Europe: The new market cliff

The future of the eurozone hinges on a stronger Italy, but with Mario Monti's bargaining strength now gone from the negotiating table markets should be nervous.

Australian and world stock markets now suddenly face a 2013 danger that they had not anticipated – instability in Italy and therefore Europe. In the next few months we are likely to see the European equivalent of the US fiscal cliff emerge.

The global strength in stock markets in the last six months was partly due to the remarkable Italian prime minister, the non-elected former Goldman Sachs man, Mario Monti. Now Monti is preparing to step down.

And that resignation comes at a time when cracks are appearing in Germany. At the moment all the market's attention is on the US fiscal cliff, but recently I asked one of our leading resource chiefs what he feared most. The answer came back without hesitation – a European crisis

Monti not only bought order to Italy, but in the long exhausting European conferences he had the measure of German Chancellor Angela Merkel.

Just over six months ago I could see how effective Monti was in Europe and I alerted share investors to the likely rise in markets (Super Mario and the Australian bulls, July 2).

Monti understood that Europe faced both a banking crisis (most of the big banks were, and still are, hiding huge losses) and a government-funding crisis. He worked closely with another ex-Goldman man, European Central Bank President Mario Draghi on solutions (Monti, Draghi and the Goldman pact, August 13).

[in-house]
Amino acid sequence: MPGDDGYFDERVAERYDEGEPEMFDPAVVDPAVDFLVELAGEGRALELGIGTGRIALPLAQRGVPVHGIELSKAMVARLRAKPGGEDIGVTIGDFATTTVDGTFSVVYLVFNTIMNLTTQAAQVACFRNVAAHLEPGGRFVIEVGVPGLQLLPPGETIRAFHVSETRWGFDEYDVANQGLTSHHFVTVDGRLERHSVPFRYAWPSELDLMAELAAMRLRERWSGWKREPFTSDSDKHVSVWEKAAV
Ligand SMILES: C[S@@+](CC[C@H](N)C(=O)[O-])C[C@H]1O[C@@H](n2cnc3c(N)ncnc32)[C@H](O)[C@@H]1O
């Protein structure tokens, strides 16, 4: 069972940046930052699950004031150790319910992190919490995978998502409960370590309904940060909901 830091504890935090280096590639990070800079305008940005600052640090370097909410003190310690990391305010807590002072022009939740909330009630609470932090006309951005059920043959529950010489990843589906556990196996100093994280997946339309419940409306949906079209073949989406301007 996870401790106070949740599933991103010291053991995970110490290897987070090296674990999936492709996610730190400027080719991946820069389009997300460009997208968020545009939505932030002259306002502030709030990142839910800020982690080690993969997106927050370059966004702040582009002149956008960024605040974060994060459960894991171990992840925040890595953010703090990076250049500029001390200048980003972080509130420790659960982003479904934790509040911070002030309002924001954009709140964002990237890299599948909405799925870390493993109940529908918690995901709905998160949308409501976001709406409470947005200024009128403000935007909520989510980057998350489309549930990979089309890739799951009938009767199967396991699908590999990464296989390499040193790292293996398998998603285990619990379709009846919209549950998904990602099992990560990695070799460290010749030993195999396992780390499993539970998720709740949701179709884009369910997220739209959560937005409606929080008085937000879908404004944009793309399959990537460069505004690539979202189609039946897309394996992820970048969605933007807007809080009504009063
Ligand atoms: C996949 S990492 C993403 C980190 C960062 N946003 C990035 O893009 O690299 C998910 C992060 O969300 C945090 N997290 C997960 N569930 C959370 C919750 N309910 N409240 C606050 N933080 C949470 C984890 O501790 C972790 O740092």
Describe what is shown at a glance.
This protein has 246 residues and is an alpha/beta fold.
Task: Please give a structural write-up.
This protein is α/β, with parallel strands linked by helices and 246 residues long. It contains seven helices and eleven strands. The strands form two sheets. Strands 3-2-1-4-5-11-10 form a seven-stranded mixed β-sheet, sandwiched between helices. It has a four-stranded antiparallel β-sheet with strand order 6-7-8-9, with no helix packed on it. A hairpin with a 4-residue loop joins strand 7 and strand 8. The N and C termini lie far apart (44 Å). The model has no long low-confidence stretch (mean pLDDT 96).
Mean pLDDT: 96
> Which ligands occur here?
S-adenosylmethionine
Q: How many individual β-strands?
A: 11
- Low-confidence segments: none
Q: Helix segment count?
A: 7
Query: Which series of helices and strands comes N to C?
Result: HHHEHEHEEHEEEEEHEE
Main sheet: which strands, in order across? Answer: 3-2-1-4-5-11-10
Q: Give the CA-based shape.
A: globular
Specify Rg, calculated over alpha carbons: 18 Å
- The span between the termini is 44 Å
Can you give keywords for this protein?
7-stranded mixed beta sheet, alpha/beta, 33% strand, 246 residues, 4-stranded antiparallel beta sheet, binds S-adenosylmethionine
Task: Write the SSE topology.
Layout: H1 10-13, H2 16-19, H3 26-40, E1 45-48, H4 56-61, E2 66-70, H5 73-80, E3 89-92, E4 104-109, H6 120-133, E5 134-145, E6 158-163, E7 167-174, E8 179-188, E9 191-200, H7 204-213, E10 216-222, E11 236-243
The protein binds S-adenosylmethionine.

Unlike most other European leaders, Monti understood that if an industrial nation like Italy is to have a common currency with Germany then it must be far more productive. So while one of his first steps was to make it easier to hire and fire Italian workers, it was his ability to outmanoeuvre Angela Merkel to obtain German cash that transformed Europe.

Merkel had rarely had to deal at close quarters with a non-British European political leader who she could not wrap around her finger. Monti could operate with small amounts of sleep and understood that unless Spanish and Italian banks were saved German banks would be decimated causing widespread damage to the German economy. A Greek collapse would also bring on this German crisis. Accordingly, in all night negotiating sessions, Monti could scare Merkel into parting with German cash.

I wrote back in June: "As the months roll on the Germans will come to understand what their sleep deprived leader agreed to under pressure from someone as brilliant as Monti. Another chunk of their wealth has gone to rescue Southern Europe”.

The German population back in June did not understand what had happened

It has taken them six months to realise that Merkel committed real German cash that could have been used for pensions, schools etc to rescue Southern Europe. And they don’t like it (Who'll pull the trigger on the eurozone, December 6).

The simple fact is that Germany and France do not have the strength to alone save Europe. They need a stronger Italy. The previous Italian prime minister, Silvio Berlusconi, now plans to stand again on a platform of Italy leaving the euro. It’s just what Europe does not need.

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